More people in the big cities but fewer in Paris

France's population remained fairly stable in the five years between 2011 and 2016,  according to newly-released census results from the state statistics body Insee.

23 January 2019
By Connexion journalist

The national population, including overseas territories, reached 66,362,000 in 2016 – a growth rate of 0.4% a year on the previous census in 2011. While most of the large urban areas recorded increases (with Occitanie and Auvergne-Rhône-Alpes seeing the largest rises among France’s regions), Paris bucked the trend with a decline.

The capital has 2,190,327 inhabitants but saw its population fall by an average of 0.5% – or 11,900 inhabitants – a year between 2011 and 2016. In the five years up to 2011, its population had risen by an average of 13,700 a year.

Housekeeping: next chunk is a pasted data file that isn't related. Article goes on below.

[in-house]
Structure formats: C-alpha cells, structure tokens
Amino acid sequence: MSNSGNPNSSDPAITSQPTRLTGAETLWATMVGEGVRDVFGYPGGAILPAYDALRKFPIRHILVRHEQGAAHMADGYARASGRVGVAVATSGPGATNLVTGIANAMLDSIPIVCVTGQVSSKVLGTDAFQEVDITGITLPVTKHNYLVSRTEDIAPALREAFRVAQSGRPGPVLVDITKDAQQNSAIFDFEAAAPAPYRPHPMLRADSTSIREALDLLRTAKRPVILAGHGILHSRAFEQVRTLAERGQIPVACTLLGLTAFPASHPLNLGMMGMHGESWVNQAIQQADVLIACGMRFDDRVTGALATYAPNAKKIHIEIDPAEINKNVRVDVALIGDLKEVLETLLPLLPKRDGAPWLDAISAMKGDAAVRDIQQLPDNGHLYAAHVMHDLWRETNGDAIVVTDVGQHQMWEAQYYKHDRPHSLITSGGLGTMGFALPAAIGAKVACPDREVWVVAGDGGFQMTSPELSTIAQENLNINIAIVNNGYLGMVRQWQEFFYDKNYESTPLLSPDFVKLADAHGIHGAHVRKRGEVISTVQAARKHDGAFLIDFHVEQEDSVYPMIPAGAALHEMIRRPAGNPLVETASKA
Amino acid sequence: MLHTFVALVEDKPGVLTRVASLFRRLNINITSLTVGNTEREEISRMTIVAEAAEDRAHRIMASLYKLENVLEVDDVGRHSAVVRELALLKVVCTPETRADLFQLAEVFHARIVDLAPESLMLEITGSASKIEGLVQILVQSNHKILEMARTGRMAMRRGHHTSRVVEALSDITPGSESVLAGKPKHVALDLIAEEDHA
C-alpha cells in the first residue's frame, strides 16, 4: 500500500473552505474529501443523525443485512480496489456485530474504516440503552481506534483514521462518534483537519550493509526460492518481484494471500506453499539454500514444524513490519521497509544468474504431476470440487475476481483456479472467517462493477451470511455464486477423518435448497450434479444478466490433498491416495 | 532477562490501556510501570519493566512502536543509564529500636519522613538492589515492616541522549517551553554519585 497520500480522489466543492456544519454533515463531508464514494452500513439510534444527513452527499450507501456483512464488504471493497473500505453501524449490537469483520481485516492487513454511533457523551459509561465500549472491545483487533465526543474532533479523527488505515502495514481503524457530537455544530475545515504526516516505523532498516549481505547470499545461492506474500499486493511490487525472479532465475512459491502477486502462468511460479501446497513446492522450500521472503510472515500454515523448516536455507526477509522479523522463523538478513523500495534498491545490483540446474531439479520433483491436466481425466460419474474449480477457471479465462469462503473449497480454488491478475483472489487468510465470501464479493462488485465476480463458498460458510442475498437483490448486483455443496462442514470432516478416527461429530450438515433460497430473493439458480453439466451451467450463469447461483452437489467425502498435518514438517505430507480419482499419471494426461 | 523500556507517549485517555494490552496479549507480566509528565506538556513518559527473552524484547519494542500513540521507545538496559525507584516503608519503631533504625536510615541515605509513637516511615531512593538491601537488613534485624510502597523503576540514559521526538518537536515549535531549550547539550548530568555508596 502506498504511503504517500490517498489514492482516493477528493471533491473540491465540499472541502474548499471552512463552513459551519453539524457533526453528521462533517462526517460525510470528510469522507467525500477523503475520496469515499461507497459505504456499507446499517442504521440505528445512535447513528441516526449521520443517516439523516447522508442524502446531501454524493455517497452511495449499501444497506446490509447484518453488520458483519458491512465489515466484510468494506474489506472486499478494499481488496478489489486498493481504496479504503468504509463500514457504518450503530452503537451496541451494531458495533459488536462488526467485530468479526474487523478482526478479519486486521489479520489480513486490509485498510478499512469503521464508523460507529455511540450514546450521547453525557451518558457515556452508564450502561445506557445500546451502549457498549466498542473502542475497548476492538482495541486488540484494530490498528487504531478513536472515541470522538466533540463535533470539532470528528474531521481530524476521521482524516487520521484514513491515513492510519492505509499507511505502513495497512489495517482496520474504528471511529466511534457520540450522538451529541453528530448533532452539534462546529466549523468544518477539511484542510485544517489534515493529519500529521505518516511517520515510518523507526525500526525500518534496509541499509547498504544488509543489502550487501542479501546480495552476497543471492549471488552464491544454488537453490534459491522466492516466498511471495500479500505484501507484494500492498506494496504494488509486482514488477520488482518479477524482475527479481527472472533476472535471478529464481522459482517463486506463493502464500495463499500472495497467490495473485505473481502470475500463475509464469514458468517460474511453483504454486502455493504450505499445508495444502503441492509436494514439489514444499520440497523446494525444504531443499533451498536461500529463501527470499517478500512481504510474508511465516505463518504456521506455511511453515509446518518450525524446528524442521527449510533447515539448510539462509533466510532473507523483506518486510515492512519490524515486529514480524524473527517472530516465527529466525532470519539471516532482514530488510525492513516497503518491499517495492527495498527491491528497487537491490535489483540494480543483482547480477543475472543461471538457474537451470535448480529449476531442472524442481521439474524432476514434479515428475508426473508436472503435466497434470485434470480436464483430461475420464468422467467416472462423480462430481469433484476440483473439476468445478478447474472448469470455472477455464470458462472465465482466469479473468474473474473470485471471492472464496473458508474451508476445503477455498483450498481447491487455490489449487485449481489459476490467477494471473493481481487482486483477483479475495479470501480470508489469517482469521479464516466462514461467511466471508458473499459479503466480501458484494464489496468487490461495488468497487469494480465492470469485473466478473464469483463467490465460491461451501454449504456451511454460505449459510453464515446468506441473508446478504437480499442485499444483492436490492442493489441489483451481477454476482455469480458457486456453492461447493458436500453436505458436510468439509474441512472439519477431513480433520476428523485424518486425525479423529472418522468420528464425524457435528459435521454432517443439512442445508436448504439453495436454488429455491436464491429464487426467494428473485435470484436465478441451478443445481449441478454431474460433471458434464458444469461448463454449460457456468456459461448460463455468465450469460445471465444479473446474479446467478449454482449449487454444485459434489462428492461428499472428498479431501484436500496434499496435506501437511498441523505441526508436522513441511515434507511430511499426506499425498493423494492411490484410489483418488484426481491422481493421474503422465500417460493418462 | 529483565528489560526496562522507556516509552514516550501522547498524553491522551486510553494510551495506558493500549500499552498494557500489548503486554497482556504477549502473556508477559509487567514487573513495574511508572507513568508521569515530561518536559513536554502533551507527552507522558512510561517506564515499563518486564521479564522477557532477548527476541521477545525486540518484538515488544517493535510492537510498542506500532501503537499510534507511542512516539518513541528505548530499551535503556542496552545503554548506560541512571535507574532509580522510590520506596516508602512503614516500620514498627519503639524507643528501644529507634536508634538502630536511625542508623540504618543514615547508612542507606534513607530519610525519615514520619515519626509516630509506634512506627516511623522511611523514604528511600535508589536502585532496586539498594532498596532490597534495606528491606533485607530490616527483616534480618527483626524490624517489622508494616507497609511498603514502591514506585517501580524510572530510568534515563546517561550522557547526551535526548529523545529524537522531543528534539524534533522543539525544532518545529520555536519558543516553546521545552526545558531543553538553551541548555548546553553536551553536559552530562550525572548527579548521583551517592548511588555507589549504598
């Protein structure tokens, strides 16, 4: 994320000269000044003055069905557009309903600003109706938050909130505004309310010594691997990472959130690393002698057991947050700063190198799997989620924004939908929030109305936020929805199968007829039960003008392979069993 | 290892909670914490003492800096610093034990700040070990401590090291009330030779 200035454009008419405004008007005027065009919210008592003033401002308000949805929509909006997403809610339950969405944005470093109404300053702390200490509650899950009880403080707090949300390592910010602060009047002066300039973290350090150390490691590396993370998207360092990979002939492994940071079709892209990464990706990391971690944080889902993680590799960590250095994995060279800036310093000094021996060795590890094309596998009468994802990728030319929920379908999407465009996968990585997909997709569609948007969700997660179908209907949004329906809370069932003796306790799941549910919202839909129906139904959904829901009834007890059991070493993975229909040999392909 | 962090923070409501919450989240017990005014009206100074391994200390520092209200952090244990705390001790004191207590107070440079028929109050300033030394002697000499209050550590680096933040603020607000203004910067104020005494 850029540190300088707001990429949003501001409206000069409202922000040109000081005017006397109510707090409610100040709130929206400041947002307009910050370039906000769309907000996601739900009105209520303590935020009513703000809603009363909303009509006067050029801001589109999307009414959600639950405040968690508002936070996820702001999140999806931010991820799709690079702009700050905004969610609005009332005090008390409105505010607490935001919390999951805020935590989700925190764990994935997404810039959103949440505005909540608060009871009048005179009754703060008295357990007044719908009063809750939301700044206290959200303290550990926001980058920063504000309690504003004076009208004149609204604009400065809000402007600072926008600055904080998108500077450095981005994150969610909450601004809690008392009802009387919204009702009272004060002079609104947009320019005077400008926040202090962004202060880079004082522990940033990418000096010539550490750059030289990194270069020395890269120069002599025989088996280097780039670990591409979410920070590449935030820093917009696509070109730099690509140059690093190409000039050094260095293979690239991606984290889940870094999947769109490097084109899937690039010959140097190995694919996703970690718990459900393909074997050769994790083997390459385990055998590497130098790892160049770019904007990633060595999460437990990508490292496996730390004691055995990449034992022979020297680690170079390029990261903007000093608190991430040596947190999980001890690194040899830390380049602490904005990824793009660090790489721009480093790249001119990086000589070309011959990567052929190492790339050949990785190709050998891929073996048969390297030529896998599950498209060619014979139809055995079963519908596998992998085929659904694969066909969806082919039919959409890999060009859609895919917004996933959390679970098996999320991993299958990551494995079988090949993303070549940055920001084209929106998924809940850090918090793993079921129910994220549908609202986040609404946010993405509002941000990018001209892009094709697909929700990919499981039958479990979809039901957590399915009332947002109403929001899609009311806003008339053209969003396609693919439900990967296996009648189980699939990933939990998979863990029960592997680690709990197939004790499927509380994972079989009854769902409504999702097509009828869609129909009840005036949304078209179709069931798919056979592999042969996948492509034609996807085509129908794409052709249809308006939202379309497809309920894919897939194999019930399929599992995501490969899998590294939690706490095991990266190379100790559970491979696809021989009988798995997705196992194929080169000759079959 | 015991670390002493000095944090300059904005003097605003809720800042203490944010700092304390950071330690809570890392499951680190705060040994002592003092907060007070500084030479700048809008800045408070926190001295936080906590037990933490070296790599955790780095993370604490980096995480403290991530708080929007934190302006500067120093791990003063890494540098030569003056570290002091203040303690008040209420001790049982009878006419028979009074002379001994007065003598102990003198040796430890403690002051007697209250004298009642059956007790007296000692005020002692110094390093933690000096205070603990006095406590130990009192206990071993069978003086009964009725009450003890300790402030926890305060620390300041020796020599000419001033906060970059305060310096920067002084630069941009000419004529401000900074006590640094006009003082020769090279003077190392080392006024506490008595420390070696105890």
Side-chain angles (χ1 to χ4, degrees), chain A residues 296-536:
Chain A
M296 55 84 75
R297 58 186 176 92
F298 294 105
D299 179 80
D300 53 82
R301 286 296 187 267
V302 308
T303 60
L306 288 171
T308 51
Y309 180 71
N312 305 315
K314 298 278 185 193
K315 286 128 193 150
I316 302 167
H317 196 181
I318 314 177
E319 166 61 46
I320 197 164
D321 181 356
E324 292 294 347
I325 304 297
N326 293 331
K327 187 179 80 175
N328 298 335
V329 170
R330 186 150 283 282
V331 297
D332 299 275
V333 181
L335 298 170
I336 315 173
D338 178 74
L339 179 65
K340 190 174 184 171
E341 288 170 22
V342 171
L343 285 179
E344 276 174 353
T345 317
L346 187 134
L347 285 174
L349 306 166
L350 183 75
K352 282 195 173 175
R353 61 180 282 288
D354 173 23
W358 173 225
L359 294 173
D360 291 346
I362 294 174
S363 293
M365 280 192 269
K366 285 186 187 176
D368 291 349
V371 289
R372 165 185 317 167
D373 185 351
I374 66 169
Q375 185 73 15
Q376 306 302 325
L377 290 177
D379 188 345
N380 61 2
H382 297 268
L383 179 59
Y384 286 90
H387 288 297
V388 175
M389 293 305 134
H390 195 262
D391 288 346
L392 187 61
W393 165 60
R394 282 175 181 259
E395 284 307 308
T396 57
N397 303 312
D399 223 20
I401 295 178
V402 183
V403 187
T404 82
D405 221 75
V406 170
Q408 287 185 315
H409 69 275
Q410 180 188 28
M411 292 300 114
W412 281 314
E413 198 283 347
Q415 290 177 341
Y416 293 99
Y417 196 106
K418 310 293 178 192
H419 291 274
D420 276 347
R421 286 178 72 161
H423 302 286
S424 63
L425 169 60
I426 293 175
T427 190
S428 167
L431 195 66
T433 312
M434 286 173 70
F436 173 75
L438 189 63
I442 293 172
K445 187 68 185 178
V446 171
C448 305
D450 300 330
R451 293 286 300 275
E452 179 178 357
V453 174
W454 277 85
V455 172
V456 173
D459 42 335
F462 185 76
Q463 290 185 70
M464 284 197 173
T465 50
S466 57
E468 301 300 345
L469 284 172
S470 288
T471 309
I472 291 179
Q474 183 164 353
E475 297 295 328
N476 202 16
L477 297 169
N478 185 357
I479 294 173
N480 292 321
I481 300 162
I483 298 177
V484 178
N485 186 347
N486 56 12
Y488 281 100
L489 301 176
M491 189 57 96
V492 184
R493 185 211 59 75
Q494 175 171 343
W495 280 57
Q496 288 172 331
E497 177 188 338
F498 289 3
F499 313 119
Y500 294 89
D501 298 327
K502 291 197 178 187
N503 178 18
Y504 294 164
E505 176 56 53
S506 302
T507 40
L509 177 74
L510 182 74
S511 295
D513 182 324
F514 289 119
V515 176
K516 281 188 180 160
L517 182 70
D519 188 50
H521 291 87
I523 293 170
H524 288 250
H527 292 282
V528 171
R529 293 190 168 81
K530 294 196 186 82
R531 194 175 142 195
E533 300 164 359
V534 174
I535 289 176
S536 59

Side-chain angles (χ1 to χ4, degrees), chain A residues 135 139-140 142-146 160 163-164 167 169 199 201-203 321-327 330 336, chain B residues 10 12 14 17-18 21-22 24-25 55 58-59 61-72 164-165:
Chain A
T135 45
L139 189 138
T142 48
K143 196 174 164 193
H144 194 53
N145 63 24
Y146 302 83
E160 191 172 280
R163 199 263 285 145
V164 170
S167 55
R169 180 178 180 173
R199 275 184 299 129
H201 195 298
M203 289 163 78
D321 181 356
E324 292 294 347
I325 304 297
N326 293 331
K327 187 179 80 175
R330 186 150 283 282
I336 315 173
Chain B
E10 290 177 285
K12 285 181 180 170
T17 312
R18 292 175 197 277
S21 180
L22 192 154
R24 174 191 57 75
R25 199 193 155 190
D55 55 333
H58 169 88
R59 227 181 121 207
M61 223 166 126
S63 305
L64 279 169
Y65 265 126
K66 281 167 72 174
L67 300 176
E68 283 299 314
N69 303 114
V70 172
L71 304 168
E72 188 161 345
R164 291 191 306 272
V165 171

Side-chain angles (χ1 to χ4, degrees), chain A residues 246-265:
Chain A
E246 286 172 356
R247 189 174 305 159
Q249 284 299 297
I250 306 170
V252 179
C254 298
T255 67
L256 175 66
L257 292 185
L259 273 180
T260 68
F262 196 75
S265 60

In total, 24 departments saw population declines in the period.

This comes as Insee also released its latest figures on net migration in mainland France, showing that it decreased in 2015 – meaning more people left the country than came to live here in that year.

The population figures show:

  • The Ile de France had 12,117,132 inhabitants, an increase of 0.4% on 2011, making up 18% of France’s total population;
  • Montpellier was the city whose population rose the most. A 1.7% increase in inhabitants saw the Hérault capital reach 286,098 residents
  • Bordeaux saw the second-largest population increase – its 256,045 population represents a 1.5% rise on 2011;
  • Nantes (314,611 residents) and Toulouse (482,738) both recorded population increases of 1.4%, while Rennes (222,104) saw a rise of 1.2%;
  • After the Ile de France, the most populous region is Auvergne-Rhône-Alpes, with 7,916,889 inhabitants;
  • Hauts-de-France is third, with 6,006,870, followed by Nouvelle-Aquitaine (5,935,603 – an increase of 160,000 residents on 2011 figures);
  • Occitanie recorded the biggest increases, with 5,808,435 people, as of January 1, 2016 – an increase of 47,000 residents a year since 2011;
  • The populations of Brittany (3,306,529), Normandy (3,335,929) and Provence-Alpes-Côte d’Azur (5,021,928), regions popular with Britons moving to France, all remained stable over the five years.
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